As a result, North Korea’s economy, which relies heavily on farming and trade, took a devastating downturn. Almost half of North Korea’s population was dealing with food insecurity before the pandemic … now, the number of hungry North Koreans is steadily rising with no clear end in sight.

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Border restrictions have cut off much of North Korea’s food supply

Nowhere to turn

Despite North Korea’s efforts to hide the severity of its food crisis, people are starving. Children are at an especially high risk of malnutrition.

Here’s why.

In North Korea, every person is assigned a government-sanctioned job. Though these jobs often require them to work long and hard hours, they don’t pay much.

With such limited incomes and advancement opportunities, many families also have side businesses where they buy imported products and resell them at a higher price. But because the borders have closed, they no longer have any way of getting that extra money.

Now, starving families search the fields or the countryside for leftover grain, roots, and other wild plants to feed their children.

In some cases, desperate parents have even dropped their children off at orphanages because they simply can’t feed them.

Children living on the streets have been affected even more. Tragically, North Korea’s population of homeless children is so prolific that it has its own name. Commonly referred to as kotjebi, these homeless children travel to the local markets every day to search for food that has been thrown out.

In fact, kotjebi literally translates to “flowering swallows” in reference to their constant search for food and shelter.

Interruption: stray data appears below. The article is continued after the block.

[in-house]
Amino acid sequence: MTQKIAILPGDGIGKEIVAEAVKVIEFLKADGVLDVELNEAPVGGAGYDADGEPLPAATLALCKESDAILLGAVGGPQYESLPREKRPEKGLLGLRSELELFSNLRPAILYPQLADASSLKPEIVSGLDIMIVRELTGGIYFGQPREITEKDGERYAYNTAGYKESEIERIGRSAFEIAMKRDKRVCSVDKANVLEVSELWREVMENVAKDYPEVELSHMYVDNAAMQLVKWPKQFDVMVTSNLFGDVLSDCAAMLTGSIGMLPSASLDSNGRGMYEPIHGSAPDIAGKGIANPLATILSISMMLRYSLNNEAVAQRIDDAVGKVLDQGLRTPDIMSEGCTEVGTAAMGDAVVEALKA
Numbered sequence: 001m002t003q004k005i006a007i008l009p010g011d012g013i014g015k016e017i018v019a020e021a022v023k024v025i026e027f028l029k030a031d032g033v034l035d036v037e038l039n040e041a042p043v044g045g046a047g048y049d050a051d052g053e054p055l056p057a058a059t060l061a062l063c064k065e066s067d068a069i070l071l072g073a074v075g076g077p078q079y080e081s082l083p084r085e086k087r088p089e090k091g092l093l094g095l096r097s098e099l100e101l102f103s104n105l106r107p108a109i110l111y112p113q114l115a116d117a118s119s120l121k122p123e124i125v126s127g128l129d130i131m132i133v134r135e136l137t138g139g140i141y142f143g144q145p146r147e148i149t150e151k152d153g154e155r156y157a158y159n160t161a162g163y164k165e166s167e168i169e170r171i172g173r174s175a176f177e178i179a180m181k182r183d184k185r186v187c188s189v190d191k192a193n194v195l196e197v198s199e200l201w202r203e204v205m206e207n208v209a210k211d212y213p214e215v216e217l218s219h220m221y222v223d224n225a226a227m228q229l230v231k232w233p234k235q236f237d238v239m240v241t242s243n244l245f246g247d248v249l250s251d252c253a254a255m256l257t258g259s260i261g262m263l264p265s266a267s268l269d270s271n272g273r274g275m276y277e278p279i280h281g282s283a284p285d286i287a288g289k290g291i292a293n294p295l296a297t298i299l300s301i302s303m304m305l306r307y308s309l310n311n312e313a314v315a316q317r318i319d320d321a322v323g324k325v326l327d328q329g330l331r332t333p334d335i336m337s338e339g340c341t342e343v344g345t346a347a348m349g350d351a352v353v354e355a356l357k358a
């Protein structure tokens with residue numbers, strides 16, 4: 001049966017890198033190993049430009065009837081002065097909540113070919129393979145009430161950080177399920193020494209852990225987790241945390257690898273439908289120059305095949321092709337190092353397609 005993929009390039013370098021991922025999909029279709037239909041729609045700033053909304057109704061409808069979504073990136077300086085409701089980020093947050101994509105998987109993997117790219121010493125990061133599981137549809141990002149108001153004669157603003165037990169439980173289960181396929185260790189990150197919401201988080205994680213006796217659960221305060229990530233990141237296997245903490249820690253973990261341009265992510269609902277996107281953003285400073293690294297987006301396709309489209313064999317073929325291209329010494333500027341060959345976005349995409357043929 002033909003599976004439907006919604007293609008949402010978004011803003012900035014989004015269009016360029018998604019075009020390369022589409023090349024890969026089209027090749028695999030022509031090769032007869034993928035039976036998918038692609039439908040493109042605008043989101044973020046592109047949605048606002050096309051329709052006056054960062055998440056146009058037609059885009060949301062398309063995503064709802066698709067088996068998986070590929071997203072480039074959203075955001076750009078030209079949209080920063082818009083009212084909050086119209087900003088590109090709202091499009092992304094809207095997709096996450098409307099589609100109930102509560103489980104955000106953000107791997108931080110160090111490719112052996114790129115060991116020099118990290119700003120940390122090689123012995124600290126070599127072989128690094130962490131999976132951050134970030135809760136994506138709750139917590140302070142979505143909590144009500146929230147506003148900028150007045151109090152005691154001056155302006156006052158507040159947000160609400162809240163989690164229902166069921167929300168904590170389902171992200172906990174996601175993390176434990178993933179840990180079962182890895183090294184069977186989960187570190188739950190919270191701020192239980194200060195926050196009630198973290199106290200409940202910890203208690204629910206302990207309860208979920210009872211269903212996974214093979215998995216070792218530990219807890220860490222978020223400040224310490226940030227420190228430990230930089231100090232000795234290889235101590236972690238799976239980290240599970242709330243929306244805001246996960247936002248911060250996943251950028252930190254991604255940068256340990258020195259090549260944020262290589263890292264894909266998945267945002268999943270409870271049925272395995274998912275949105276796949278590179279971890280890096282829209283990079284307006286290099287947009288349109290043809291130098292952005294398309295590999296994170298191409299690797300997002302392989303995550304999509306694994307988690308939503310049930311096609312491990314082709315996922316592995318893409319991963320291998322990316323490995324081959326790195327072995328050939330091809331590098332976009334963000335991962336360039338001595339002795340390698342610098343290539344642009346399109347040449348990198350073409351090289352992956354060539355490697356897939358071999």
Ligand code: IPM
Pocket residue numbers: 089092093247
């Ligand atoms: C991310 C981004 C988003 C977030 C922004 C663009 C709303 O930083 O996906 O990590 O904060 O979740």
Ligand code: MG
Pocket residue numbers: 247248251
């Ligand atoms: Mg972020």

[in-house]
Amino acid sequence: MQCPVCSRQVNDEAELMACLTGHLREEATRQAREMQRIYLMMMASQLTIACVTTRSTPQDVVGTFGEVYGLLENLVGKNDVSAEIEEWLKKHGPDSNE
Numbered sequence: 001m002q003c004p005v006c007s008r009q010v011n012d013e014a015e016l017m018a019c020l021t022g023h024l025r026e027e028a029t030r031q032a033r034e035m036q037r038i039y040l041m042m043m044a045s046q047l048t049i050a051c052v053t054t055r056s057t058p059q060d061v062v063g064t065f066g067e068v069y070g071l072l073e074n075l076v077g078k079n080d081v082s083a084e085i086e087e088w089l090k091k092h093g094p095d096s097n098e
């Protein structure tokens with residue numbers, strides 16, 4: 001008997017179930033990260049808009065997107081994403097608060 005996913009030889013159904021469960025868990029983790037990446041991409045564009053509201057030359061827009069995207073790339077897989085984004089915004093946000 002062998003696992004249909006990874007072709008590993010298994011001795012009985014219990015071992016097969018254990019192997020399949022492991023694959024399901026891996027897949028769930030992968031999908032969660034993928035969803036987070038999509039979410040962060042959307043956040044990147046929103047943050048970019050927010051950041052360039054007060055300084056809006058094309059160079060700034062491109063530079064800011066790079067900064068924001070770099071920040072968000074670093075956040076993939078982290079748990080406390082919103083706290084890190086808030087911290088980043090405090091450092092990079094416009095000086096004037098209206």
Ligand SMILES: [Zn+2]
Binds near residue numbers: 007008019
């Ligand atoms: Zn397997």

Much of the food they find is spoiled, but for these children, it’s better than enduring yet another night with an empty stomach.

But since the pandemic has shut down many of these markets, they don’t have anywhere to get food. They’re starving, and some have even died.

Send food and Bibles to North Korea
Homeless children in North Korea are especially affected by the food crisis

How you can help

The hunger crisis in North Korea is getting worse. Some trade has resumed, but it’s not nearly enough to feed everyone. Families still can’t put food on the table. Children are still going to bed hungry. And more and more people are suffering from severe malnutrition and other illnesses.

But there are ways you can help.

First, pray for North Korea. It’s the most important thing you can do.

— Pray that North Korea would open its borders again to allow trade.

— Pray for an end to the drought that’s destroying crops.

— Pray that the North Korean government would make wise decisions regarding its citizens.

— Pray that Kim Jong Un would allow other countries to help the people of North Korea.

— Pray for North Korean Christians who face severe persecution in addition to starvation.

Second, you can help North Koreans by giving financially. When you donate, you will provide Christians and others suffering in North Korea with lifesaving food and a copy of God’s Word. Your gift will be a lifeline for those who are both physically and spiritually hungry.

North Koreans are crying out for help. Will you answer their pleas? You’ll provide not only help for today … but also hope for tomorrow.